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Artistic view of a Male Pteronarcys californica (Pteronarcyidae) (Giant Salmonfly) Stonefly Adult from the Gallatin River in Montana
Salmonflies
Pteronarcys californica

The giant Salmonflies of the Western mountains are legendary for their proclivity to elicit consistent dry-fly action and ferocious strikes.

Dorsal view of a Zapada cinctipes (Nemouridae) (Tiny Winter Black) Stonefly Nymph from the Yakima River in Washington
Nymphs of this species were fairly common in late-winter kick net samples from the upper Yakima River. Although I could not find a key to species of Zapada nymphs, a revision of the Nemouridae family by Baumann (1975) includes the following helpful sentence: "2 cervical gills on each side of midline, 1 arising inside and 1 outside of lateral cervical sclerites, usually single and elongate, sometimes constricted but with 3 or 4 branches arising beyond gill base in Zapada cinctipes." This specimen clearly has the branches and is within the range of that species.
27" brown trout, my largest ever. It was the sub-dominant fish in its pool. After this, I hooked the bigger one, but I couldn't land it.
Troutnut is a project started in 2003 by salmonid ecologist Jason "Troutnut" Neuswanger to help anglers and fly tyers unabashedly embrace the entomological side of the sport. Learn more about Troutnut or support the project for an enhanced experience here.

Landscape & scenery photos from Spring Creek

Spring Creek in Wisconsin
Spring Creek in Wisconsin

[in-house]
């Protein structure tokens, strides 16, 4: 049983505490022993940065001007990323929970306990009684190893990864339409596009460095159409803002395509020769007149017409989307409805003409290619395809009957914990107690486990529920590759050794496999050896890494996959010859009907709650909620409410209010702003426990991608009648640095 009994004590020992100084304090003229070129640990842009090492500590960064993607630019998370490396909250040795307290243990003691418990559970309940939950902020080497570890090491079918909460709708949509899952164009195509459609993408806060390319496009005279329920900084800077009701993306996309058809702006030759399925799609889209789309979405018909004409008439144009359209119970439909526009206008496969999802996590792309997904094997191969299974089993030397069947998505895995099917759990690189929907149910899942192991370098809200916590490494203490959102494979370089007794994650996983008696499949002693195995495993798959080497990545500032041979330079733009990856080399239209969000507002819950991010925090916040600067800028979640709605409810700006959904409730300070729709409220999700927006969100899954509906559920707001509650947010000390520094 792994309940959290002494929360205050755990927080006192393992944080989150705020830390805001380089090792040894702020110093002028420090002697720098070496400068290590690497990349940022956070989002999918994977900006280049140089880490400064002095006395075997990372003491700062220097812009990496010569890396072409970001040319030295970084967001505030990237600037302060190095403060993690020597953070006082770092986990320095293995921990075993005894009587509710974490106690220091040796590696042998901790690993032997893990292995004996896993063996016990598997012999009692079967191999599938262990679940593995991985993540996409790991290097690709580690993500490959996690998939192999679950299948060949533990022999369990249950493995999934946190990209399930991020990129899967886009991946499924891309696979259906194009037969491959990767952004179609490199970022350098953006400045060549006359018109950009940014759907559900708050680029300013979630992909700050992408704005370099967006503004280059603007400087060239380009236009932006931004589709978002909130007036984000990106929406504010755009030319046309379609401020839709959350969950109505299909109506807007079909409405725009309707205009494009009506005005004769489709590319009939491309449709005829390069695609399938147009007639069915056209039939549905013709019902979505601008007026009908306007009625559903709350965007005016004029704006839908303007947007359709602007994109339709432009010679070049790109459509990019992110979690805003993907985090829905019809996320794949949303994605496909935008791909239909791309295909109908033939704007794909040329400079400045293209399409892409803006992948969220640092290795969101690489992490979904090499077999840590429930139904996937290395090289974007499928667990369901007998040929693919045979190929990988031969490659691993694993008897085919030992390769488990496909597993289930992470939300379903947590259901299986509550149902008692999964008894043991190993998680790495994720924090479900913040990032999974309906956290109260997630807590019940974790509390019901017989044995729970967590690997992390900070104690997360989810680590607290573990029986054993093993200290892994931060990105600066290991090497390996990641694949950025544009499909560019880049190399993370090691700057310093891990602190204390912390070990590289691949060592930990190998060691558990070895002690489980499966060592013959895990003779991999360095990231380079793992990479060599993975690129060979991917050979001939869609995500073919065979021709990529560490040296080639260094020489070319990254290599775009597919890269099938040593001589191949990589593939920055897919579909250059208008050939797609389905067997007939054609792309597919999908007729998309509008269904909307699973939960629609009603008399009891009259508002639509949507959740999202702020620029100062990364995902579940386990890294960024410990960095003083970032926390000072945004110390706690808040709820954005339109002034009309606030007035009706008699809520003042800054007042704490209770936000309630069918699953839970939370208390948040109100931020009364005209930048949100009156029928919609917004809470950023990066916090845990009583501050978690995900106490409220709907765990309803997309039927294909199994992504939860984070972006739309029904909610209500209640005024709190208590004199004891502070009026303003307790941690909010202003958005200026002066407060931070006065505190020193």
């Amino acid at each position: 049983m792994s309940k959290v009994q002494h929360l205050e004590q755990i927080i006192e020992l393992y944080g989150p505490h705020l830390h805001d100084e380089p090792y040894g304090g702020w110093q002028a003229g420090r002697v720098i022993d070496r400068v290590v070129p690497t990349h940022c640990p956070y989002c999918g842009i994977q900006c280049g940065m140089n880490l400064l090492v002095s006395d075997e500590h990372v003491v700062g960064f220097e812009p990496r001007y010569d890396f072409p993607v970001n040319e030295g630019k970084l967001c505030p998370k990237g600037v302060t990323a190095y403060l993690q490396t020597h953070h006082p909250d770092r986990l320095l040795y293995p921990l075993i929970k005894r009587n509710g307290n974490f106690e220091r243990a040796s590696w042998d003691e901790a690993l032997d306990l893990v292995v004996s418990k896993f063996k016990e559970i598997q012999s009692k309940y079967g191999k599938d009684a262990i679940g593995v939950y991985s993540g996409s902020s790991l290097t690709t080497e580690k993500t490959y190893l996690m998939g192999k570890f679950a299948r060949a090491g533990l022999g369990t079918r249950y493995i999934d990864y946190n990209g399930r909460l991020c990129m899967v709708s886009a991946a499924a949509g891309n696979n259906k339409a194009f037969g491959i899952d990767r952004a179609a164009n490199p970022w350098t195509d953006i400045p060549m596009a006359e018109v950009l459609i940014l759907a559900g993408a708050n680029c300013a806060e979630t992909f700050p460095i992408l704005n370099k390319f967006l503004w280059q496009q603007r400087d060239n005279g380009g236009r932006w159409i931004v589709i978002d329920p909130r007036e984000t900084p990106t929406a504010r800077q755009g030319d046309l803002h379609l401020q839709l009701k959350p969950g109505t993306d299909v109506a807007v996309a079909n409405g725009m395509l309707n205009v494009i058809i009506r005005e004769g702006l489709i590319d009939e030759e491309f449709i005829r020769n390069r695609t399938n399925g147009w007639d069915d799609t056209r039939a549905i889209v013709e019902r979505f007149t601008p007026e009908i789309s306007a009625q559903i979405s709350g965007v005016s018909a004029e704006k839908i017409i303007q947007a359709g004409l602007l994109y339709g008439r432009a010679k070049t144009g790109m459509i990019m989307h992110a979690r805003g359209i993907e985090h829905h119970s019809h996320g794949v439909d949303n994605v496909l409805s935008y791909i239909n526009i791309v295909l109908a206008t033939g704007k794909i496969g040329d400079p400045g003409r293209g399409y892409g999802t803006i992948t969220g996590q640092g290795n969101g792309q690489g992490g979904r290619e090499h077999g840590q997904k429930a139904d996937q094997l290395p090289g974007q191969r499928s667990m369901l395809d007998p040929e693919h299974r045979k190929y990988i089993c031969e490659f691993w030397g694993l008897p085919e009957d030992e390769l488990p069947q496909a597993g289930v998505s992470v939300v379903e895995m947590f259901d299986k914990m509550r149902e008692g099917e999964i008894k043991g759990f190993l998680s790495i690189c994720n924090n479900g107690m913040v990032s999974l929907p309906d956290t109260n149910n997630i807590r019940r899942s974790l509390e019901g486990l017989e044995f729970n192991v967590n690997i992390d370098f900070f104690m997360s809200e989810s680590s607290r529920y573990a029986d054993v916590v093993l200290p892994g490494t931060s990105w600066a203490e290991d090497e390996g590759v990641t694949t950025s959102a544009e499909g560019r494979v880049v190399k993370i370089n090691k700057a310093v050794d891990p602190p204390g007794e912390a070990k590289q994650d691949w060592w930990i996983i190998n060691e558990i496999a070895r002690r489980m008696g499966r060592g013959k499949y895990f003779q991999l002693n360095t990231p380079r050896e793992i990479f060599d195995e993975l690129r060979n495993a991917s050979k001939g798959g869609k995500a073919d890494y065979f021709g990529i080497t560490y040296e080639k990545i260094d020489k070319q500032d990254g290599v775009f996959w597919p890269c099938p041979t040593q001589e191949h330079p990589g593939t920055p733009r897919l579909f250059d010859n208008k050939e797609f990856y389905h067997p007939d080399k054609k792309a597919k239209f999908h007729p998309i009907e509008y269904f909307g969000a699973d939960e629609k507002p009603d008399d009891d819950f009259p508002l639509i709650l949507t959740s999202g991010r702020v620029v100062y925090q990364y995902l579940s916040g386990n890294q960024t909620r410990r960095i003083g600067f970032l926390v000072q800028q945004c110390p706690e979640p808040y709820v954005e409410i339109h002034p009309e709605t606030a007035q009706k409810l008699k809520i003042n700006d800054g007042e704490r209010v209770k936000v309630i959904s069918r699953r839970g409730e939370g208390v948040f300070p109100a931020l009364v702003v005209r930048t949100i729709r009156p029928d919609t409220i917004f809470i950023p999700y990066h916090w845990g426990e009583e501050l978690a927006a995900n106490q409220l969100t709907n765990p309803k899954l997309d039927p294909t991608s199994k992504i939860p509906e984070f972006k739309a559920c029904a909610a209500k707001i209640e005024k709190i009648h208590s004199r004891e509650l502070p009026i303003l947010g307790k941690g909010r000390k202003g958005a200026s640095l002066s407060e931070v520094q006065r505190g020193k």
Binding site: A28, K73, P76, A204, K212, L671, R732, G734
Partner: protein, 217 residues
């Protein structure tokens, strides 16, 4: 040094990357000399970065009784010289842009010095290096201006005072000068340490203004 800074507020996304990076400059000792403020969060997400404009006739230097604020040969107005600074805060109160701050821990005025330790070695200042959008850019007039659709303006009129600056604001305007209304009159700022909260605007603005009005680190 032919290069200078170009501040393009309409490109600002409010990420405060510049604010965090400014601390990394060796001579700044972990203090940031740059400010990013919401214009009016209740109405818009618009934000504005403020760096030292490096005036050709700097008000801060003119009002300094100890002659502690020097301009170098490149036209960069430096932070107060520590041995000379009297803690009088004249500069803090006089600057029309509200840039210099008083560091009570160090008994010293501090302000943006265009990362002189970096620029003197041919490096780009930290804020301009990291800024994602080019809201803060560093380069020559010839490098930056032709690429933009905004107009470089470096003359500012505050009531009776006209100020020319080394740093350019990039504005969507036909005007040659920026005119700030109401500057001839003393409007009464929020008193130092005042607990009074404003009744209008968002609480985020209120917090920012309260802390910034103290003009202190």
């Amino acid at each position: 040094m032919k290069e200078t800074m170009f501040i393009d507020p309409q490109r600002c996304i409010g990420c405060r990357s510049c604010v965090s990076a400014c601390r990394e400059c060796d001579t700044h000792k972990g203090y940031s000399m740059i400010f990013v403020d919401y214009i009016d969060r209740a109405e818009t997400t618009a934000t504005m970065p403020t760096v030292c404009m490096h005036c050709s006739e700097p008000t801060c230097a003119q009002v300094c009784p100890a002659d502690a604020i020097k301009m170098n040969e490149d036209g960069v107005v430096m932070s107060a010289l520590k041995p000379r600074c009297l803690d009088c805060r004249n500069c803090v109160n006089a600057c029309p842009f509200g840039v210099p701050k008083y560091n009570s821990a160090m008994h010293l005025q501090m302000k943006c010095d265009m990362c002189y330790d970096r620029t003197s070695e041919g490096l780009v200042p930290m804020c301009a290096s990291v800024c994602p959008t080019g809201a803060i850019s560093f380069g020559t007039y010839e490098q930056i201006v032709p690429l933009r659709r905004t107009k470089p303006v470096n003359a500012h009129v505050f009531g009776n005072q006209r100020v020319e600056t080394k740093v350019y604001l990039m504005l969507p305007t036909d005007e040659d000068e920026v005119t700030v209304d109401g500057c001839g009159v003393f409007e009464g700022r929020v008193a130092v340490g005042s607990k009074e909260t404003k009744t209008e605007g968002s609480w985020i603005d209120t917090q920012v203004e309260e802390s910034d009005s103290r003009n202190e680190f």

This huge pile of stones was deposited alongside a very small brook trout stream in a huge flood about 9 months before this photo was taken.

From Spring Creek in Wisconsin
Spring Creek in Wisconsin
Spring Creek in Wisconsin
Spring Creek in Wisconsin
Spring Creek in Wisconsin
Spring Creek in Wisconsin
Spring Creek in Wisconsin

Underwater photos from Spring Creek

These are glossosomatids, Jason.  They are probably Glossosoma nigrior, though it is possible that we are looking at mixed species.  The ones to the right with their aggregate of similar sized grains are classic Glossosoma, while the ones to the left with the large anchor pebbles could possibly be Agapetus.  Regardless, they're all commonly referred to as saddle case makers.

From Spring Creek in Wisconsin
The large caddisfly case (really less than 1/2 inch) is a Brachycentridae larva.  The other cases are actually the protective sheaths of black fly (Simuliidae) pupae.  The two antler-like pieces sticking out of each one are not legs, but antennal sheaths.

From Spring Creek in Wisconsin
Spring Creek in Wisconsin
Spring Creek in Wisconsin
Above and below a small brook trout stream.

From Spring Creek in Wisconsin

Closeup insects by Troutnut from Spring Creek in Wisconsin

Lateral view of a Dibusa angata (Hydroptilidae) (Microcaddis) Caddisfly Adult from Spring Creek in Wisconsin
I'm tentatively classifying this one as Dibusa angata because I cannot see any ocelli in my dorsal view of the head (and because it has a single spur on each front tibia). However, sometimes they can be difficult to spot when obscured behind setae in general, so I'm not 100 % sure on this one. If there are ocelli I missed, then based on ranges and colors the genus ought to be Stactobiella.

References

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